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Alaska's snow crab season canceled for the first time ever, officials perplexed by mysterious disappearance of 1 billion crabs
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Alaska's snow crab season canceled for the first time ever, officials perplexed by mysterious disappearance of 1 billion crabs

A mysterious disappearance of an estimated 1 billion snow crabs has forced Alaska to cancel the winter snow crab season – the first time in state history.

On Monday, the Alaska Department of Fish and Game (ADF&G) canceled the entire 2022-2023 snow crab season.

The Alaska Department of Fish and Game declared, "The stock is estimated to be below the ADF&G regulatory threshold for opening a fishery. Therefore, Bering Sea snow crab will remain closed for the 2022/23 season."

For the second year in a row, ADF&G officials canceled the Bristol Bay red king crab harvest for the 2022-2023 season.

There has been a sudden and dramatic plunge in crab stocks in the region.

Miranda Westphal – an area management biologist with the Alaska Department of Fish and Game – noted that the conservation organization had seen the "largest pulse of small crab we’d ever seen in the history of the fishery" in 2018.

However, the Alaska Department of Fish and Game told USA Today that there was a whopping 92% decrease in overall snow crab abundance from 2018 to 2021. Last year's snow crab harvest was 5.6 million pounds – the smallest in more than 40 years.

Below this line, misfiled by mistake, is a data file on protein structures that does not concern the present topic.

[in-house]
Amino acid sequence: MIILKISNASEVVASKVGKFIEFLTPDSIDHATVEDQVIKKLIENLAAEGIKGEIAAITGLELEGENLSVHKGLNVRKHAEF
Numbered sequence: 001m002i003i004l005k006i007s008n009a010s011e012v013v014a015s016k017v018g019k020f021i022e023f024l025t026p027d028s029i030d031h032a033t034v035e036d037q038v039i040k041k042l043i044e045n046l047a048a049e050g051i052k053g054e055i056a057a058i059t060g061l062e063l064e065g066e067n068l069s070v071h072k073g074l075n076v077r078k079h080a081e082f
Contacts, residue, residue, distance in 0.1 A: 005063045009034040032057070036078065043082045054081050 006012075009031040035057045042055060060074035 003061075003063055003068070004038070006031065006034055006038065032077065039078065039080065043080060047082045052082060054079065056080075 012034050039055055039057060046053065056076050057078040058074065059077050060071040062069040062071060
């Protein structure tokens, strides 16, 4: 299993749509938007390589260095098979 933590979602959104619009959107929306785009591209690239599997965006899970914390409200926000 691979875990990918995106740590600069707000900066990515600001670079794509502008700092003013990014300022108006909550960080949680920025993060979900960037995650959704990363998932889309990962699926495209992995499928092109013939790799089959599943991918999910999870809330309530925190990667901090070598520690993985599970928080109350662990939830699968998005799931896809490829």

An estimated 1 billion snow crabs have mysteriously disappeared in two years, state officials told CBS News.

Westphal said the 2021 harvest was "the biggest crash we’ve ever seen in snow crab."

"That was really unexpected," she added. "I don’t think anyone saw this coming."

Scientists are bewildered by the sudden disappearance of snow crabs.

The Seattle Times reported, "Scientists are still researching the causes of the snow crab population collapse, which likely include increased predation as well as stresses from the warmer water that caused crabs’ metabolisms to increase and could have led to starvation."

Ben Daly – a researcher with ADF&G – said, "Disease is one possibility."

The cancelation of the snow crab season could cost the state's economy $200 million and could be career-ending for some.

Dean Gribble Sr. – a crab boat captain who has fished for snow crab since the late 1970s – told NBC News, "It's going to be life-changing, if not career-ending, for people. A lot of these guys with families and kids, there’s no option other than getting out. That’s where the hammer is going to fall – on the crew."

The ADF&G said going forward, "Management of Bering Sea snow crab must now focus on conservation and rebuilding, given the condition of the stock."

In 1983, there was a similar crash that wiped out a massive amount of the population of the Alaskan king crabs. At the time, scientists were perplexed by the mysterious disappearance of Alaskan king crab and blamed factors "ranging from parasitic disease to increasing losses to predatory fish species to warmer ocean currents to overfishing."

The canceled snow crab season will contribute to the ever-growing food shortages that have been felt worldwide.

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